The Digital Mind: How Science is Redefining Humanity

Following the release in the US,  The Digital Mind, published by MIT Press,  is now available in Europe, at an Amazon store near you (and possibly in other bookstores). The book covers the evolution of technology, leading towards the expected emergence of digital minds.

Here is a short rundown of the book, kindly provided by yours truly, the author.

New technologies have been introduced in human lives at an ever increasing rate, since the first significant advances took place with the cognitive revolution, some 70.000 years ago. Although electronic computers are recent and have been around for only a few decades, they represent just the latest way to process information and create order out of chaos. Before computers, the job of processing information was done by living organisms, which are nothing more than complex information processing devices, created by billions of years of evolution.

Computers execute algorithms, sequences of small steps that, in the end, perform some desired computation, be it simple or complex. Algorithms are everywhere, and they became an integral part of our lives. Evolution is, in itself, a complex and long- running algorithm that created all species on Earth. The most advanced of these species, Homo sapiens, was endowed with a brain that is the most complex information processing device ever devised. Brains enable humans to process information in a way unparalleled by any other species, living or extinct, or by any machine. They provide humans with intelligence, consciousness and, some believe, even with a soul, a characteristic that makes humans different from all other animals and from any machine in existence.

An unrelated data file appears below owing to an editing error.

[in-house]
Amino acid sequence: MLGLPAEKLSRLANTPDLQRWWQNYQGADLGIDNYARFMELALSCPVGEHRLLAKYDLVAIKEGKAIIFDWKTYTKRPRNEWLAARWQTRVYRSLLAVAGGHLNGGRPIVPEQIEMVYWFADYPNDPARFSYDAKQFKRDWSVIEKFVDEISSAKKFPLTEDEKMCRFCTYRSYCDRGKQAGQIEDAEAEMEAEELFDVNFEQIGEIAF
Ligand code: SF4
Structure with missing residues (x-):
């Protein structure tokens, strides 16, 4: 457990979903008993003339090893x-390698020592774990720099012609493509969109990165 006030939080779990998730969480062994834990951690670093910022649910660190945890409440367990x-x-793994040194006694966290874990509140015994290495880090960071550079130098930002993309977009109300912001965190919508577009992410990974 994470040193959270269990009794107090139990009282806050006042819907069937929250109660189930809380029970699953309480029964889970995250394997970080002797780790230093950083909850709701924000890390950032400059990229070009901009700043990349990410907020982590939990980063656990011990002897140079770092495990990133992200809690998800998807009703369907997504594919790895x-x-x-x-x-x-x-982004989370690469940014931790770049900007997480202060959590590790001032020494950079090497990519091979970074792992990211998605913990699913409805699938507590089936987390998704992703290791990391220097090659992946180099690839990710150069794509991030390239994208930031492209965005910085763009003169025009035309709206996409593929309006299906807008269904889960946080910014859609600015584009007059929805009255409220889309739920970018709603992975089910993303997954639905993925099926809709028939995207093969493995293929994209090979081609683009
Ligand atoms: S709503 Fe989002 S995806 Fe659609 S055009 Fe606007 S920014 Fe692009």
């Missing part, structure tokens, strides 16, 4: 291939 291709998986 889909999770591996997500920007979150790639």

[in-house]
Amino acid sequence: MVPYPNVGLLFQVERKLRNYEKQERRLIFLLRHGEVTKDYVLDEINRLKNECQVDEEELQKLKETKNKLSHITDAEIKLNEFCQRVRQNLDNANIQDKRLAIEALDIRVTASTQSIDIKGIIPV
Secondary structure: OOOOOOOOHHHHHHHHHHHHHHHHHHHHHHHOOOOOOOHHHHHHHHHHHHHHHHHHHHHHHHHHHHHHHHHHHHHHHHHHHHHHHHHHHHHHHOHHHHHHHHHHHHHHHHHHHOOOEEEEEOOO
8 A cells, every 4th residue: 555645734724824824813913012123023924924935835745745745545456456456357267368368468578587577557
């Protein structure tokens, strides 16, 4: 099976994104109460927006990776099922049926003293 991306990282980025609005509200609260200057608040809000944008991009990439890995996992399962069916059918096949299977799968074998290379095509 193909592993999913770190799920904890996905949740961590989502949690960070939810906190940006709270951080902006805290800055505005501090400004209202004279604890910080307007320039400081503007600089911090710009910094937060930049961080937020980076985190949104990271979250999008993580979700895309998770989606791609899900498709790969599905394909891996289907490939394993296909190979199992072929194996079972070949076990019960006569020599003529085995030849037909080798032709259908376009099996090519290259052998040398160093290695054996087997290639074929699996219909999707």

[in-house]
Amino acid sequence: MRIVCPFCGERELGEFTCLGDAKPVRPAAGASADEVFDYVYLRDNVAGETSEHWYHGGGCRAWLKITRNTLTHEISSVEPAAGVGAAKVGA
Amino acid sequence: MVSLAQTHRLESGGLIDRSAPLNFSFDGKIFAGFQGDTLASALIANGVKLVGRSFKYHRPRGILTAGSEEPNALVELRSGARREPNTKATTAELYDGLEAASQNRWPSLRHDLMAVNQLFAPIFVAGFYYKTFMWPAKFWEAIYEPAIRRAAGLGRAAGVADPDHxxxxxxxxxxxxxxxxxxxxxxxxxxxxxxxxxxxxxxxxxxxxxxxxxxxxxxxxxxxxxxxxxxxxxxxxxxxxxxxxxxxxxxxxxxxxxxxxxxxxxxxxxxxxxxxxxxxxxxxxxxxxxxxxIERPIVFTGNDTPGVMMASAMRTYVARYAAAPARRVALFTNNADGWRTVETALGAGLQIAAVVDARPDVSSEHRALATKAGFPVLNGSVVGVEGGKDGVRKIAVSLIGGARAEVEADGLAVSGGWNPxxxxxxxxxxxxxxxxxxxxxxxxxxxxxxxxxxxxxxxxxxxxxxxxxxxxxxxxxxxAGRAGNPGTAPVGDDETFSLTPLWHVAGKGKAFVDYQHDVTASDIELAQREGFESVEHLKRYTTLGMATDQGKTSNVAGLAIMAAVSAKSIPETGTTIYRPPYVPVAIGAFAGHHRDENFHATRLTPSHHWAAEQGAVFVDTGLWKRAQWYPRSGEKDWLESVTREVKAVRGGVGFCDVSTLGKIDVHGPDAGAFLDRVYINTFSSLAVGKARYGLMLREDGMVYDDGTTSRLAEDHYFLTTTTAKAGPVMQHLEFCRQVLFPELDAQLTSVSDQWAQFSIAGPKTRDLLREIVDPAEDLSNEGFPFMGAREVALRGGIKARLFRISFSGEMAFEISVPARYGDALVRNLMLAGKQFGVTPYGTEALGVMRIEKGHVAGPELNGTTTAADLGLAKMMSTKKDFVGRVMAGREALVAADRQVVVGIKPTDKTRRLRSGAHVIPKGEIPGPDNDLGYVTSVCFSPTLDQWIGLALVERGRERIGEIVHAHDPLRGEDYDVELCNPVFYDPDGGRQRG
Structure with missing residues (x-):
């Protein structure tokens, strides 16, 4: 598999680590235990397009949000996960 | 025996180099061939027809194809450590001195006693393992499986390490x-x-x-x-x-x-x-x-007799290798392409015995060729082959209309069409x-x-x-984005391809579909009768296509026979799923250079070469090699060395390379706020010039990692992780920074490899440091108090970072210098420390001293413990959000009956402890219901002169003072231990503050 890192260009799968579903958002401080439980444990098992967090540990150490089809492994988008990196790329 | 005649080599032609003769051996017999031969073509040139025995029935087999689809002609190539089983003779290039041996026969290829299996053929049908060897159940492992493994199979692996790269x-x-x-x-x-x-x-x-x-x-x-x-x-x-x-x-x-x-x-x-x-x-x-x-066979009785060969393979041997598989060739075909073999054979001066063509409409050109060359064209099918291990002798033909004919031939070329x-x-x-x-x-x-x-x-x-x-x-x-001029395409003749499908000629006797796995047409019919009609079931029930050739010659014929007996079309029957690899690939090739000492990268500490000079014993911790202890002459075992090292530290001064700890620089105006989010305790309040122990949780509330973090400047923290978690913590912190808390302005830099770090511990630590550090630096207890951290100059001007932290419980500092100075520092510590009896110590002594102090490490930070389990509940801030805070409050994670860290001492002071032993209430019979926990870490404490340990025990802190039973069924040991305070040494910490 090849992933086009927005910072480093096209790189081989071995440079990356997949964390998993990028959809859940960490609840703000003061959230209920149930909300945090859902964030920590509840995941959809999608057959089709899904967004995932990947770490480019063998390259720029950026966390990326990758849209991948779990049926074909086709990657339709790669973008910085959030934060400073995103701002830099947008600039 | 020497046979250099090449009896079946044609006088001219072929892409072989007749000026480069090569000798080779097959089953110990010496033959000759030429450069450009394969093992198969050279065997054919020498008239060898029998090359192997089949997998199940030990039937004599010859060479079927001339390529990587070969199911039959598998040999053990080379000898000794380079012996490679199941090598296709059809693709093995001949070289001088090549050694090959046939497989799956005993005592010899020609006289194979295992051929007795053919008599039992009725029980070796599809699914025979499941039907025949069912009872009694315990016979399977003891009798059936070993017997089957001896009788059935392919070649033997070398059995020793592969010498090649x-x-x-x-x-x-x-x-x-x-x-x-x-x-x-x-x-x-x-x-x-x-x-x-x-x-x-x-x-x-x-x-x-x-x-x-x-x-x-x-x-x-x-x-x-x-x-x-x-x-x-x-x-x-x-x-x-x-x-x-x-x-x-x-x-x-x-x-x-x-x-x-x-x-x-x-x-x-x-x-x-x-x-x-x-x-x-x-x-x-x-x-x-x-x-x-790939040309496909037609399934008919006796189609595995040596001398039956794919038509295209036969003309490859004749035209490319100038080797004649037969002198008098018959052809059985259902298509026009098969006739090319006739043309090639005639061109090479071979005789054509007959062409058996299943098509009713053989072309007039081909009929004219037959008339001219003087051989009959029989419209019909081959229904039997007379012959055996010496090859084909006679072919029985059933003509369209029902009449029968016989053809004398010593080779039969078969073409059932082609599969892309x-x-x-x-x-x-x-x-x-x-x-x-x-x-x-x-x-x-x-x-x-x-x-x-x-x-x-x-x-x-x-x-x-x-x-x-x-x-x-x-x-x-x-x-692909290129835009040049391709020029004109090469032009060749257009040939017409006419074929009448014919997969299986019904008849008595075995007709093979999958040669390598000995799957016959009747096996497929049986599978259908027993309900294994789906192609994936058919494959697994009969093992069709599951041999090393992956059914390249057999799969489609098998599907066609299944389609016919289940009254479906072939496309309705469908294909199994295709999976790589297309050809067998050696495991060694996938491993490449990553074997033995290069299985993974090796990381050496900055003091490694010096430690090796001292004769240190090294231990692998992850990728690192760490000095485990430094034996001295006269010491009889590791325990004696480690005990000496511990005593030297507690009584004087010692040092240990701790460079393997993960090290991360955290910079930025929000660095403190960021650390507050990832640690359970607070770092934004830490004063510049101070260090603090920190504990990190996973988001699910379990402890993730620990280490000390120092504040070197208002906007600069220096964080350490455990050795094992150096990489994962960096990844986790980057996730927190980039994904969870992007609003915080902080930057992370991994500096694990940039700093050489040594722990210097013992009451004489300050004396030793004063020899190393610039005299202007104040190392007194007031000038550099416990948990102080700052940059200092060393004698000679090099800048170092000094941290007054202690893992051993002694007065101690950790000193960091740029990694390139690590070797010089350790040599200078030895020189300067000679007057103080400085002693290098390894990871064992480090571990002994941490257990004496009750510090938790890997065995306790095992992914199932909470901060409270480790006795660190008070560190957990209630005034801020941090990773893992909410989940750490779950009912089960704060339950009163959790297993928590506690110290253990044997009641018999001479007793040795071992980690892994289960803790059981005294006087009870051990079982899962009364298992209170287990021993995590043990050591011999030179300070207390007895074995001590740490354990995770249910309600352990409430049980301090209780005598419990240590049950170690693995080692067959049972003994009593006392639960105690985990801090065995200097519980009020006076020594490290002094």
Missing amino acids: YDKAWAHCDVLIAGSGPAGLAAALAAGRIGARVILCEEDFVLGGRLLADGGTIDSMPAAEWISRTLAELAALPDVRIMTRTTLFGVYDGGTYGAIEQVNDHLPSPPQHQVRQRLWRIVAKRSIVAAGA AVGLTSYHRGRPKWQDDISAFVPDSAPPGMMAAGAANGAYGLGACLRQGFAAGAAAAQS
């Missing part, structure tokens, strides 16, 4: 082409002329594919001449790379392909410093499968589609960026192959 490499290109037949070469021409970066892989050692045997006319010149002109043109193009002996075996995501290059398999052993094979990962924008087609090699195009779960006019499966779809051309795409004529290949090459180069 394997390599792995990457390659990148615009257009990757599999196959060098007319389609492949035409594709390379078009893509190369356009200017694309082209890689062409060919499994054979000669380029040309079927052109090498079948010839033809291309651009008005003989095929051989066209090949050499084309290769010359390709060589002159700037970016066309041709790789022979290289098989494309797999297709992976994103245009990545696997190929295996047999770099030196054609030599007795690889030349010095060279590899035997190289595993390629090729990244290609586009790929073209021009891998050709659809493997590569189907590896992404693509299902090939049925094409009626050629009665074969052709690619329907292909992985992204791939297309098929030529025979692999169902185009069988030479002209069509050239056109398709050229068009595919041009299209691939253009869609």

But brains also enabled humans to develop science and technology to a point where it is possible to design computers with a power comparable to that of the human brain. Artificial intelligence will one day make it possible to create intelligent machines and computational biology will one day enable us to model, simulate and understand biological systems and even complete brains with unprecedented levels of detail. From these efforts, new minds will eventually emerge, minds that will emanate from the execution of programs running in powerful computers. These digital minds may one day rival our own, become our partners and replace humans in many tasks. They may usher in a technological singularity, a revolution in human society unlike any other that happened before. They may make humans obsolete and even a threatened species or they make us super-humans or demi-gods.

How will we create these digital minds? How will they change our daily lives? Will we recognize them as equals or will they forever be our slaves? Will we ever be able to simulate truly human-like minds in computers? Will humans transcend the frontiers of biology and become immortal? Will humans remain, forever, the only known intelligence in the universe?

 

Artificial Intelligence developments: the year in review

TechCrunch, a popular site dedicated to technology news, has published a list of the the top Artificial Intelligence news of 2016.

2016 seems indeed to have been the year Artificial Intelligence (AI) left the confinement of university labs to come into public view.

review

Several of the news selected by TechCrunch, were also covered in this blog.

In March a Go playing program, developed by Google’s DeepMind, AlphaGo, defeated 18-time world champion Lee Sedol (reference in the TechCrunch review).